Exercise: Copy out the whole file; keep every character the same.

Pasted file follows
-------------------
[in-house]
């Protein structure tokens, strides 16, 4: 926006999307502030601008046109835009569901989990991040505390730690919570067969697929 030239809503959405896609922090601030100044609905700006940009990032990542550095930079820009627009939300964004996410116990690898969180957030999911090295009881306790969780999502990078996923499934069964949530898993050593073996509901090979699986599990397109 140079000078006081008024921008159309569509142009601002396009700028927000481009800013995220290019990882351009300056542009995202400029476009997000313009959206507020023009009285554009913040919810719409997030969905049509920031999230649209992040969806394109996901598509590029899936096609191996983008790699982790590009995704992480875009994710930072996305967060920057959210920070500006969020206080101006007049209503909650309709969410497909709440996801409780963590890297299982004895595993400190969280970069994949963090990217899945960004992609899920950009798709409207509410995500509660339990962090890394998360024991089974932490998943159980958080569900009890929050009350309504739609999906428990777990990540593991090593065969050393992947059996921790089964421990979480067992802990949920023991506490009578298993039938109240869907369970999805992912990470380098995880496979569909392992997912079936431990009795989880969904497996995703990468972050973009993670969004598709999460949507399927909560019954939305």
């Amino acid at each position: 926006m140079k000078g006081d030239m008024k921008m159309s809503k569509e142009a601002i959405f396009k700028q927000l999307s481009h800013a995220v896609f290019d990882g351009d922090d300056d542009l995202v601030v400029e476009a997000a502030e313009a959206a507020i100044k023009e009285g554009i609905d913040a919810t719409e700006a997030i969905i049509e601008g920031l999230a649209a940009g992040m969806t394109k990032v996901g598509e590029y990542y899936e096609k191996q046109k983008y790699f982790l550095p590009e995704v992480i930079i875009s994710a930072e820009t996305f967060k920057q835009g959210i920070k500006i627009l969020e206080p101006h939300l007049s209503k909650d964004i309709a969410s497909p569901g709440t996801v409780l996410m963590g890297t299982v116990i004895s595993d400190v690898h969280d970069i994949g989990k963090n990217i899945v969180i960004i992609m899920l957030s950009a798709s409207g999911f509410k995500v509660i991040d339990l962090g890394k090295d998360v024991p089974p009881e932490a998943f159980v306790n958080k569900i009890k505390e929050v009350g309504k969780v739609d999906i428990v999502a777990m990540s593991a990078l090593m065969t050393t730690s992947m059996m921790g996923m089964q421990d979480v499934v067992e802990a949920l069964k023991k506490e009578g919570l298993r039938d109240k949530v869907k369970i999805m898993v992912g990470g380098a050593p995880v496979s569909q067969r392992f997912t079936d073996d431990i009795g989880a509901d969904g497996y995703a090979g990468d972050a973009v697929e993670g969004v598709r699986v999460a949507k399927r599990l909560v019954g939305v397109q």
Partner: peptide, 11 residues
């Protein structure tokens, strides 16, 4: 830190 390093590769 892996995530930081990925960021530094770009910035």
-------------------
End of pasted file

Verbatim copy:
[in-house]
């Protein structure tokens, strides 16, 4: 926006999307502030601008046109835009569901989990991040505390730690919570067969697929 030239809503959405896609922090601030100044609905700006940009990032990542550095930079820009627009939300964004996410116990690898969180957030999911090295009881306790969780999502990078996923499934069964949530898993050593073996509901090979699986599990397109 140079000078006081008024921008159309569509142009601002396009700028927000481009800013995220290019990882351009300056542009995202400029476009997000313009959206507020023009009285554009913040919810719409997030969905049509920031999230649209992040969806394109996901598509590029899936096609191996983008790699982790590009995704992480875009994710930072996305967060920057959210920070500006969020206080101006007049209503909650309709969410497909709440996801409780963590890297299982004895595993400190969280970069994949963090990217899945960004992609899920950009798709409207509410995500509660339990962090890394998360024991089974932490998943159980958080569900009890929050009350309504739609999906428990777990990540593991090593065969050393992947059996921790089964421990979480067992802990949920023991506490009578298993039938109240869907369970999805992912990470380098995880496979569909392992997912079936431990009795989880969904497996995703990468972050973009993670969004598709999460949507399927909560019954939305």
């Amino acid at each position: 926006m140079k000078g006081d030239m008024k921008m159309s809503k569509e142009a601002i959405f396009k700028q927000l999307s481009h800013a995220v896609f290019d990882g351009d922090d300056d542009l995202v601030v400029e476009a997000a502030e313009a959206a507020i100044k023009e009285g554009i609905d913040a919810t719409e700006a997030i969905i049509e601008g920031l999230a649209a940009g992040m969806t394109k990032v996901g598509e590029y990542y899936e096609k191996q046109k983008y790699f982790l550095p590009e995704v992480i930079i875009s994710a930072e820009t996305f967060k920057q835009g959210i920070k500006i627009l969020e206080p101006h939300l007049s209503k909650d964004i309709a969410s497909p569901g709440t996801v409780l996410m963590g890297t299982v116990i004895s595993d400190v690898h969280d970069i994949g989990k963090n990217i899945v969180i960004i992609m899920l957030s950009a798709s409207g999911f509410k995500v509660i991040d339990l962090g890394k090295d998360v024991p089974p009881e932490a998943f159980v306790n958080k569900i009890k505390e929050v009350g309504k969780v739609d999906i428990v999502a777990m990540s593991a990078l090593m065969t050393t730690s992947m059996m921790g996923m089964q421990d979480v499934v067992e802990a949920l069964k023991k506490e009578g919570l298993r039938d109240k949530v869907k369970i999805m898993v992912g990470g380098a050593p995880v496979s569909q067969r392992f997912t079936d073996d431990i009795g989880a509901d969904g497996y995703a090979g990468d972050a973009v697929e993670g969004v598709r699986v999460a949507k399927r599990l909560v019954g939305v397109q």
Partner: peptide, 11 residues
């Protein structure tokens, strides 16, 4: 830190 390093590769 892996995530930081990925960021530094770009910035």